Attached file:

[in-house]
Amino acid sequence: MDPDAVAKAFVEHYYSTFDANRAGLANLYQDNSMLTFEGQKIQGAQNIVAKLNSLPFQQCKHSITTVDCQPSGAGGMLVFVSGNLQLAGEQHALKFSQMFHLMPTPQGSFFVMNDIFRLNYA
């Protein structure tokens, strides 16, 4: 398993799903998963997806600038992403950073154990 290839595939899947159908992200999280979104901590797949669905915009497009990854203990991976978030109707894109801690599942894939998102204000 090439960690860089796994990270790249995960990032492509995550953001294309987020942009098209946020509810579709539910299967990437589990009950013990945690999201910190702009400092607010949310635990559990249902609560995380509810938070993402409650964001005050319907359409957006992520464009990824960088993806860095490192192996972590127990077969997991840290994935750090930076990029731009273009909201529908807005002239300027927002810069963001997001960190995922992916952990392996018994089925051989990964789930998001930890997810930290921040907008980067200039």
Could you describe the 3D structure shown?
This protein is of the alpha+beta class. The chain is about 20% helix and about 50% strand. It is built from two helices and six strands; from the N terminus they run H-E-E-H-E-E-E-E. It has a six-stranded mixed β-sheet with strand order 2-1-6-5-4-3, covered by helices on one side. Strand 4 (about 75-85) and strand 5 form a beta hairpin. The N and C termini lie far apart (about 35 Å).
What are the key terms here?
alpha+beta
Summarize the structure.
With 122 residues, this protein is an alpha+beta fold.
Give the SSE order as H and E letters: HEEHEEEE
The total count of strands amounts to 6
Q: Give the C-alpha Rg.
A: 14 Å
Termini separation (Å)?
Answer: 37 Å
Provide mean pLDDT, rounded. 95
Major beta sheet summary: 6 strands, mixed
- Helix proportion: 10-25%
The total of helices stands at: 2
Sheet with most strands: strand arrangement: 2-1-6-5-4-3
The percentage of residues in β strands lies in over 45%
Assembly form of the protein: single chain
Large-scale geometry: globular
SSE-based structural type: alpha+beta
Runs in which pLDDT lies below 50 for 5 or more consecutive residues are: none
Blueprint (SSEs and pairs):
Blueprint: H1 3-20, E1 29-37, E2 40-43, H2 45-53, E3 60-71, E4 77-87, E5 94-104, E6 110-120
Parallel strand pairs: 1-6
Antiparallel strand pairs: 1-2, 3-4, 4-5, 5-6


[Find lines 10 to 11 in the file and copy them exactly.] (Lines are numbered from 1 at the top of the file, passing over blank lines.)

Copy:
Give the SSE order as H and E letters: HEEHEEEE
The total count of strands amounts to 6